But the radical right is not the only force in society ready with a concise explanation and a convincing solution to the problems that native-born workers face. The labor movement — not always and everywhere, but at its best — proposes that employers, not immigrants, are responsible for disappearing jobs, shrinking wages, and worsening conditions. The labor movement also proposes that workers regardless of national origin should unite against those employers to make it impossible for them to continue practices like low pay and outsourcing.
At its best, rather than pit native-born and immigrant workers against each other, the labor movement — and its political allies, so long as those allies are not too closely allied with the neoliberal center — seeks to raise the floor for both groups simultaneously. It is the exact opposite solution to the far right’s, one necessitating solidarity and the other demanding division. Workers can’t have them both. They must choose.
Unionization as Immunization
As for which choice workers make, unionization rates make a major difference. Where union density is high, the far right finds greater obstacles to convincing workers of its divisive explanations and anti-solidaristic solutions.
“Our empirical analysis of elections across Western Europe since the start of the Great Recession shows that union members display signs of resistance to the strategy of the radical right,” write the authors of the paper in Economic and Industrial Democracy, concluding that “unionization immunizes voters overall against the radical right.”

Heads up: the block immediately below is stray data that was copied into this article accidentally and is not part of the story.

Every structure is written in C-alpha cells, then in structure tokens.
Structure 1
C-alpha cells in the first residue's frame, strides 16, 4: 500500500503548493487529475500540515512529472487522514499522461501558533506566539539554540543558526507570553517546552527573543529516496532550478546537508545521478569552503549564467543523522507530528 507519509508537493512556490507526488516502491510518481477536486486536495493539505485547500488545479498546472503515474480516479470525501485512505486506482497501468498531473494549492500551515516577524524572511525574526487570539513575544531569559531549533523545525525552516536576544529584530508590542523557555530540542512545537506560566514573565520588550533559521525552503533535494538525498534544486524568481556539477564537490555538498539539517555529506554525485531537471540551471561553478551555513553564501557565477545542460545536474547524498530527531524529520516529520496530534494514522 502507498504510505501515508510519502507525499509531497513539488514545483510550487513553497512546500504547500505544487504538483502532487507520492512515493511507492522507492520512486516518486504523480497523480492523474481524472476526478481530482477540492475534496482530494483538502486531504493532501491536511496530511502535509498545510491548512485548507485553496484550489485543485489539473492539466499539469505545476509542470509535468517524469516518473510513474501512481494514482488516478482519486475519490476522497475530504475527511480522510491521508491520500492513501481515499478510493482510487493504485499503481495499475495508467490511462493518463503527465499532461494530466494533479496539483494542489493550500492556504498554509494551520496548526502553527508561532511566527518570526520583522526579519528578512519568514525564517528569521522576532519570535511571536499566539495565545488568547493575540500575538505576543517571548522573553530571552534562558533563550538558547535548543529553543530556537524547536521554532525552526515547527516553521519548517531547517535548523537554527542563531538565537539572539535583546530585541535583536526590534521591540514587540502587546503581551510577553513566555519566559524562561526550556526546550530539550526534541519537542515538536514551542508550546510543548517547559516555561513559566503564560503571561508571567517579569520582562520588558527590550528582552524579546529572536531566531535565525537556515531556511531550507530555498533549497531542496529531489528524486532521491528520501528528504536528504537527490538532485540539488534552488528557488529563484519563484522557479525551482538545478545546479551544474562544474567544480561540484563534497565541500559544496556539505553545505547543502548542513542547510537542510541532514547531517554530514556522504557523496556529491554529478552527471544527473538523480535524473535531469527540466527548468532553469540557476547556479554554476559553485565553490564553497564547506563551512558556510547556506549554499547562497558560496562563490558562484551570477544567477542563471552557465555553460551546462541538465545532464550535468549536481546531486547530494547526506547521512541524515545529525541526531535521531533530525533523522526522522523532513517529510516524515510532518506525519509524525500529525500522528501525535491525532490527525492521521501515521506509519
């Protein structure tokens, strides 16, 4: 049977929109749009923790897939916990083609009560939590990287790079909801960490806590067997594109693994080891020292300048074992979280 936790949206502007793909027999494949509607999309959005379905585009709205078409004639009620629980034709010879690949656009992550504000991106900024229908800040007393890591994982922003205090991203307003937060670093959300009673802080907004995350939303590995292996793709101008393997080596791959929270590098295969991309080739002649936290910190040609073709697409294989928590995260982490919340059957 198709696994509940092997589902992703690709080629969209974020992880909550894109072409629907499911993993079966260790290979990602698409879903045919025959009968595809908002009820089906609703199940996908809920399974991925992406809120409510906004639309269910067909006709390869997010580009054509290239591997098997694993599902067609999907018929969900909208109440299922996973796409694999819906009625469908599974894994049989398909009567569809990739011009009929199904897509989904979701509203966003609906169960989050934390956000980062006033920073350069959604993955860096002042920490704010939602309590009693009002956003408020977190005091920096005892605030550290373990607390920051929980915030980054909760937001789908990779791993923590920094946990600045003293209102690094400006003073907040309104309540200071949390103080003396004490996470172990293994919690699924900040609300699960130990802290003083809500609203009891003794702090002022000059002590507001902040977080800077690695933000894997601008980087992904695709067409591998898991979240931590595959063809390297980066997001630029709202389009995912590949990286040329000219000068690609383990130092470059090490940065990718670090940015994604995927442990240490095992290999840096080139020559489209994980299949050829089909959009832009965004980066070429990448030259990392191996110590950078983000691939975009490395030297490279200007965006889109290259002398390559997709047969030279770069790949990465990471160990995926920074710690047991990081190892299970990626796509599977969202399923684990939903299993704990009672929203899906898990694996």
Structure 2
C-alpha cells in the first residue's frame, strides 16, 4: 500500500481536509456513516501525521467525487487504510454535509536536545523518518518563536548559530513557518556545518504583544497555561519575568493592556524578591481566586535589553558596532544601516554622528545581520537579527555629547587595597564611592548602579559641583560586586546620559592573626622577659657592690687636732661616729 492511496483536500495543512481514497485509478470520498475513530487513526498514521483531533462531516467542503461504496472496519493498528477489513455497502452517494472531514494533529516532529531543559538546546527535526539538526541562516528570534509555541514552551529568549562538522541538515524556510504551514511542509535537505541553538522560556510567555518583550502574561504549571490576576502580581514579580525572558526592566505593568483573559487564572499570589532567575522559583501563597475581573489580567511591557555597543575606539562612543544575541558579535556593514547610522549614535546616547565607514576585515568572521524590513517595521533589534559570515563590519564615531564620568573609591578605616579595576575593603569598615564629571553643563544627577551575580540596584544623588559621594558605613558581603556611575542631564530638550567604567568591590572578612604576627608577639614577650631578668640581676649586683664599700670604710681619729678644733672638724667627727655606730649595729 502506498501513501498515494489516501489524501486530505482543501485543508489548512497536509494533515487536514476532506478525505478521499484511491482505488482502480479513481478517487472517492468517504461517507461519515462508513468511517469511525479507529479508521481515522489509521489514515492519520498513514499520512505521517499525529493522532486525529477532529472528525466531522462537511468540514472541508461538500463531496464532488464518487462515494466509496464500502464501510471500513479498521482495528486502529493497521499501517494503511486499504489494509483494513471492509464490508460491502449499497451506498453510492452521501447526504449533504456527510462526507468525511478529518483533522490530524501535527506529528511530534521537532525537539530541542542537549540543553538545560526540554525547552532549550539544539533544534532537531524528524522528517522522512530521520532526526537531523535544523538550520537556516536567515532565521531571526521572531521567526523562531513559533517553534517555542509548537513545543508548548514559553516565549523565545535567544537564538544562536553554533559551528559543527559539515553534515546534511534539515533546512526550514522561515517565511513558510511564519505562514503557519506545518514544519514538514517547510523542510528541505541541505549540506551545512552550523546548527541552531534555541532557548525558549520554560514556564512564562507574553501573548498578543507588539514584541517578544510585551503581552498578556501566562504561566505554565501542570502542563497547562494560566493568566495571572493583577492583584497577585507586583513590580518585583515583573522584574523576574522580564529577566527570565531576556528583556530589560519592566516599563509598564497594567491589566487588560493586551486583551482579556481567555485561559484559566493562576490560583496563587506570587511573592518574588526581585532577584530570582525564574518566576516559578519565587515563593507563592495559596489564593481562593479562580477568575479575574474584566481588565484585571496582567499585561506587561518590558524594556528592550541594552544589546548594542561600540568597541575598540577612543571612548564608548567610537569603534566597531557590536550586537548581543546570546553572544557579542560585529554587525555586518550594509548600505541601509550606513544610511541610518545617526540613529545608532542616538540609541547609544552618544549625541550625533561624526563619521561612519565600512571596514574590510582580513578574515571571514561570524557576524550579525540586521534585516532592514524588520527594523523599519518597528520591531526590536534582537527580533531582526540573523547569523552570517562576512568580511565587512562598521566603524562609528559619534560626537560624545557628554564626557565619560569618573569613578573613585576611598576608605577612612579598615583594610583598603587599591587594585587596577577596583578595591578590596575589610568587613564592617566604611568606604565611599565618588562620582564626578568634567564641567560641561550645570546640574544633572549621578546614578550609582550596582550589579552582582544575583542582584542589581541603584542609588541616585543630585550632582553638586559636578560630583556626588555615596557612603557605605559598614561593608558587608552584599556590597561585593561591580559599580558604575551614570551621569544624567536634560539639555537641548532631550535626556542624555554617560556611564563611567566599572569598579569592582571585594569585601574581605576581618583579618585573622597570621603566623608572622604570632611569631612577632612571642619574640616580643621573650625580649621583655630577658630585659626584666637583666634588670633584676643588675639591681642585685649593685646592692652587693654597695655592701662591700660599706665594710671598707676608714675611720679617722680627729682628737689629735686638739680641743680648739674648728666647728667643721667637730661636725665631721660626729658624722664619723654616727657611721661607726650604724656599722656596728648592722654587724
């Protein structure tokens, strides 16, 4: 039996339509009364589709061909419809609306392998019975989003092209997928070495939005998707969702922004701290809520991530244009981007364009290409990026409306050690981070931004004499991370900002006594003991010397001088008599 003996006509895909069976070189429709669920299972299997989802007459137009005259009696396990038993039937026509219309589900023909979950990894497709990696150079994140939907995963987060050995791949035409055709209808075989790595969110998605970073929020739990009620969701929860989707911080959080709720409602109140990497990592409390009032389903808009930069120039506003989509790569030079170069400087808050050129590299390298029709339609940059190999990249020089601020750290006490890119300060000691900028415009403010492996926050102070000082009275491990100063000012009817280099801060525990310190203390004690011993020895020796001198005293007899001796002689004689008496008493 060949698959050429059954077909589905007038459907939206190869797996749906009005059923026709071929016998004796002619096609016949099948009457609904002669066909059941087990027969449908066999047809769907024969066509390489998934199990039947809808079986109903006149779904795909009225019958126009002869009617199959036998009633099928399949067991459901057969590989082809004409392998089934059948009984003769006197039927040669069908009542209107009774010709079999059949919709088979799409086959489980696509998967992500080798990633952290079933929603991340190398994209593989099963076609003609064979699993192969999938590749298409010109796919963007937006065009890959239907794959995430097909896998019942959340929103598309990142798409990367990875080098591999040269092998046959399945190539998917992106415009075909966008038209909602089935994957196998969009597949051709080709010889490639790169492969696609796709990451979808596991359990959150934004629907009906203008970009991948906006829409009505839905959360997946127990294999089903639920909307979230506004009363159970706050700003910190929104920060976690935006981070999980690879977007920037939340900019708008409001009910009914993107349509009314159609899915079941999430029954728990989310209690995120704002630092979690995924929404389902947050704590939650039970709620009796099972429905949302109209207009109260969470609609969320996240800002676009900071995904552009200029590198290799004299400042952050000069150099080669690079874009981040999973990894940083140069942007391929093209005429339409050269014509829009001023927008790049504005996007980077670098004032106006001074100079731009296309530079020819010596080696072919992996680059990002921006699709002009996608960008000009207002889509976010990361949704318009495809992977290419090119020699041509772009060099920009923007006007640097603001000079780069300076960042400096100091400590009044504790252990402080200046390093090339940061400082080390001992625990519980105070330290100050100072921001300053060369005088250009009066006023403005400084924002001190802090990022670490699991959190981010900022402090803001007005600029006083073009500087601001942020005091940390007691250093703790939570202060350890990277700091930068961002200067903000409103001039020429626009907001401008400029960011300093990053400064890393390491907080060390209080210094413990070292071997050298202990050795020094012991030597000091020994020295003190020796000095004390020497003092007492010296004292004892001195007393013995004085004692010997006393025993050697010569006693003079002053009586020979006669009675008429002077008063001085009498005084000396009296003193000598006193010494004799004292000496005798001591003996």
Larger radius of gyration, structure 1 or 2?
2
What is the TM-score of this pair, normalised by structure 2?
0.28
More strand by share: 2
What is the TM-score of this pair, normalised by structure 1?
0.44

That doesn’t mean that every union worker is immune to the far right’s political offer, nor even that large groups of unionized workers will always resist the overtures of right-wing xenophobes. If, for example, a unionized minority lives in a region dominated by nonunionized workers who are vulnerable to messaging from the right, that region may over time develop a strong political culture that can influence unionized workers. This is likely the case in France’s industrial north, where union jobs exist but are a minority and continue to disappear as outsourcing takes its toll.
The last half-decade has made it plain that deindustrialization, declining union density, and the rise of right-wing populism go hand in hand — from the Rust Belt to the Hauts-de-France. To convince workers to turn down the political offer coming from the right, the Left must build adequate organizational infrastructure, chiefly unions and affiliated parties, that can make a strong counteroffer. If it doesn’t, the Trumps and Le Pens will be only the beginning.